Joint-blogging: Introducing Jason McDonald

Joint-blogging: Introducing Jason McDonald

The world is full of interesting people. In the last week I met a fascinating Zen Buddhist master, known world-wide for helping develop something called “The Big Mind”, and a retired university professor who was on the delegation to Iraq after the war, the only one in that delegation who could speak the Iraqi dialect of Arabic (and was loved for it), and helped set up a fourth of the countries municipal/city governments.

Not the least of cool people to come into my life is Jason McDonald. Jason McDonald
I’ve known and been impressed by Jason for years — seeing him pass his PhD dissertation defense without any revisions (wow), always reading cool publications which were accepted because of the significant value they added, and I’ve just genuinely enjoyed conversations with him and his insights about life, learning, and the world.

We’ve talked about doing something together for a while, so in a recent mastermind group we talked about joint-blogging. I loved the idea of having him share some of his thoughts/questions here on this blog — and he graciously agreed to do it.

So I want to briefly introduce Jason to you, please give him a warm welcome. 🙂

Introducing Jason McDonald:

1) Jason taught the first ever course at a university (that I know of) on “Using Media for Culture Change” — he’ll be teaching it again this fall.

2) He currently works as an executive producer, which is really just a big name for getting to spend all day thinking up cool ideas for how to use powerful elements of “story” to increase the impact of media and media campaigns.

3) Two embarrassing moments of his included:
(a). “There was a time my work passed around a thank you card for someone who had just bought the office a bunch of stuff. I was just supposed to sign it, but I thought the card was for actually me.” 🙂
(b). “Or there was the time I slipped and fell into a construction ditch full of water by the side of the road. I split my pants once at work and stapled them back together until the end of the day. I guess there’s actually lots of embarrassing stories, aren’t there?” 🙂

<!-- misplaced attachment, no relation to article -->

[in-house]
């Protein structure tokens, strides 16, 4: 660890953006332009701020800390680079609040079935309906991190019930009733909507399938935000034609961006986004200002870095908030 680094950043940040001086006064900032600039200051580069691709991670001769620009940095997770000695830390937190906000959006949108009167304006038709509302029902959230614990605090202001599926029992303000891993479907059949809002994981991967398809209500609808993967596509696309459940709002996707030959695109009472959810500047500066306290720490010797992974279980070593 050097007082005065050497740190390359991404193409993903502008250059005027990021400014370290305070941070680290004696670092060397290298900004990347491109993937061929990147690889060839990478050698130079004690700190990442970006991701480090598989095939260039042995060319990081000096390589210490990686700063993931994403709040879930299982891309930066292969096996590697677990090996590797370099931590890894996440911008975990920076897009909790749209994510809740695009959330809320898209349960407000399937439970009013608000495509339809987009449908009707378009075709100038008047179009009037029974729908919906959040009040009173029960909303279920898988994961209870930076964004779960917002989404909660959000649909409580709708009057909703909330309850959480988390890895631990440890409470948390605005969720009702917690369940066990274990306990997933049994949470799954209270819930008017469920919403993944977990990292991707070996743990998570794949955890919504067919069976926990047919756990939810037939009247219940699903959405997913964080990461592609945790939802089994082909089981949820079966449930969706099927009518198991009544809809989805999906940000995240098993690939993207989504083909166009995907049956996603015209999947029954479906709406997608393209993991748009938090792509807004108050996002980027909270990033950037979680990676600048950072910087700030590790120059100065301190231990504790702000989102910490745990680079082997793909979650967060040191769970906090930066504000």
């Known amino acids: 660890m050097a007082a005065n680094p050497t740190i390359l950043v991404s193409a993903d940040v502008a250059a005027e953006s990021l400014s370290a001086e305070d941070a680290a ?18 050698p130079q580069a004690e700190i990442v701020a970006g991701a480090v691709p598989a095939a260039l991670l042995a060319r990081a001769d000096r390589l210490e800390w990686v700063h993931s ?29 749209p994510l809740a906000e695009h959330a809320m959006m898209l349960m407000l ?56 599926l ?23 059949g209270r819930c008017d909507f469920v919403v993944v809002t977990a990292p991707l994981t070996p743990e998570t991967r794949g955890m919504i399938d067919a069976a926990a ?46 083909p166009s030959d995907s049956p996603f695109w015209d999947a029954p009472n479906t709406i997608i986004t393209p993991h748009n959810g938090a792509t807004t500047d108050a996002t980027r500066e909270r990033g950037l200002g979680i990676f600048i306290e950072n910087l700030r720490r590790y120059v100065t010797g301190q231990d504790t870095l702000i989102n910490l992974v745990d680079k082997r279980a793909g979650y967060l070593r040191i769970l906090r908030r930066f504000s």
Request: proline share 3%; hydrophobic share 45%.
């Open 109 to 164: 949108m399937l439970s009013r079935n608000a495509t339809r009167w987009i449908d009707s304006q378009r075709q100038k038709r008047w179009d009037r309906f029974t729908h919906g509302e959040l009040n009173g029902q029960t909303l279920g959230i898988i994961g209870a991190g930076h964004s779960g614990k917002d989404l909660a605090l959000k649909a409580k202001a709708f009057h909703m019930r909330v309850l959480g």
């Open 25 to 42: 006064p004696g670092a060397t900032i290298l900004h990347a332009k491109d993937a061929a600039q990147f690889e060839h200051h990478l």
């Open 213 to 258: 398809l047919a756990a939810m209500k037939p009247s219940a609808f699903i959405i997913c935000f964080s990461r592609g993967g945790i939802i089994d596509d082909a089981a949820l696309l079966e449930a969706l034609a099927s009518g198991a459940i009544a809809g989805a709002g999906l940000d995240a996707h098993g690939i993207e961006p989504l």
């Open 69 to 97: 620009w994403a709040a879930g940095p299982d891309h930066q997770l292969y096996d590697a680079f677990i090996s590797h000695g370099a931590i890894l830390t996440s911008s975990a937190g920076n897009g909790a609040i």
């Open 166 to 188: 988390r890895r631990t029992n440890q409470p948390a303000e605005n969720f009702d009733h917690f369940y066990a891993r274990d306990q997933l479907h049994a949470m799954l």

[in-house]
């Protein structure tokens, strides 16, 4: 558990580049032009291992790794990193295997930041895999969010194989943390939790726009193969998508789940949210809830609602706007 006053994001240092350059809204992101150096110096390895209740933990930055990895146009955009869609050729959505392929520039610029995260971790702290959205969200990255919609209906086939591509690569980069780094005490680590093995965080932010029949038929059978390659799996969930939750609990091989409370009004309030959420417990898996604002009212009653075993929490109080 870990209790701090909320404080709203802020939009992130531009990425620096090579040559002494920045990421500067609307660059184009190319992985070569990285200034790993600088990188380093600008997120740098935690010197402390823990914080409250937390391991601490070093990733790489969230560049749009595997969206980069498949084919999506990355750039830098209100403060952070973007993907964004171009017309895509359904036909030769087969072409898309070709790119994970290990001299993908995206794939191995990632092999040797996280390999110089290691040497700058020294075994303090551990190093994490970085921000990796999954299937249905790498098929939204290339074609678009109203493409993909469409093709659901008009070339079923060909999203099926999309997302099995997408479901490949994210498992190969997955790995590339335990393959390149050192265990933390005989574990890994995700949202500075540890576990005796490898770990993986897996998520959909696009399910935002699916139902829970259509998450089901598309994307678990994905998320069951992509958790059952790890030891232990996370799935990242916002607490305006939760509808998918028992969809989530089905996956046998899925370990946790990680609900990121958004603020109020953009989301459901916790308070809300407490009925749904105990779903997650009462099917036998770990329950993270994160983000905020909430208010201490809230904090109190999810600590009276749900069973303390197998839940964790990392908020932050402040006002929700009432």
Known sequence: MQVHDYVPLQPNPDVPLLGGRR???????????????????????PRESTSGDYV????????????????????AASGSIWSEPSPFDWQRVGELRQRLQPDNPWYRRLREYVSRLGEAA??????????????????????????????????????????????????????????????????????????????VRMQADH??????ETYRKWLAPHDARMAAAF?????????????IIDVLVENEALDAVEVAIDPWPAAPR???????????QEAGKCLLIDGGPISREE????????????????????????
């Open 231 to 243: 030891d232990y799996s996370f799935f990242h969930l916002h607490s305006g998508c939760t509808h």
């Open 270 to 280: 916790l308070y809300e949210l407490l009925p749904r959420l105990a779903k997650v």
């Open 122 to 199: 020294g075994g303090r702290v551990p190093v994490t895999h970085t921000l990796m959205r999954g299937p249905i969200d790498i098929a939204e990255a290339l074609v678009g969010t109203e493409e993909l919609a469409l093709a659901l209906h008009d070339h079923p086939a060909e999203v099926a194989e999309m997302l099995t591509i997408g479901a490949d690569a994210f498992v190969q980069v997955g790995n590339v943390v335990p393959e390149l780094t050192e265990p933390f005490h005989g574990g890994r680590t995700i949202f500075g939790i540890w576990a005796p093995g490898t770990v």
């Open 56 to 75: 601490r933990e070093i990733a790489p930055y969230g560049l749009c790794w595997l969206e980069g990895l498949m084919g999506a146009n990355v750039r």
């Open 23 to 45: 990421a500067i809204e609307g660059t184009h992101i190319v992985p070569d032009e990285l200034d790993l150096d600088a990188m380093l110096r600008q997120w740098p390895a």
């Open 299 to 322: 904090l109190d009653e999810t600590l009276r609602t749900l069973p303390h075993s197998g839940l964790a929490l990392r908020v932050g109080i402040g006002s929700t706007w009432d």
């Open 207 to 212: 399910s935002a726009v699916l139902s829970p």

4) Some of the questions he is most interested in exploring with his research and work are:
– How can people best discover and express the passion, joy, and wonder they feel about the world?
– How can people remain focused on the essential goals and characteristics of the endeavors they undertake?
– What is the role of narrative, conversation, and ritual in human learning?
– How can people develop organizations, practices, or lifestyles that reflect their most important values?

Do you have any questions for Jason?
If, so feel free to post them here.
If not, please make a special effort to interact with him on the posts that he will share here.

Figuiring it out…

My blog has now changed domains and changed names! This new and improved blog is intended to capture my discoveries and experiences in trying to figure out the best approaches to teaching and learning with technology in a very international 21st century.

Benefits of academic blogging

In response to one of my blog posts, Jeremy Brown gave an excellent insight into why people in academics should blog.

You should read about it at http://brownelearning.org/index.php?id=69

“In short, every “soft” science suffers from disjointed research by unconnected researchers developing microuniverses that do not interrelated. You an I have both worked on projects in the past that create new models that offer little to no benefit over existing ones, and do not discount previous models.

The key to this is to communicate. Post your thoughts on this blog, ask for feedback and other collaboration early. Expose your ideas to harsh realities, and accept criticism.”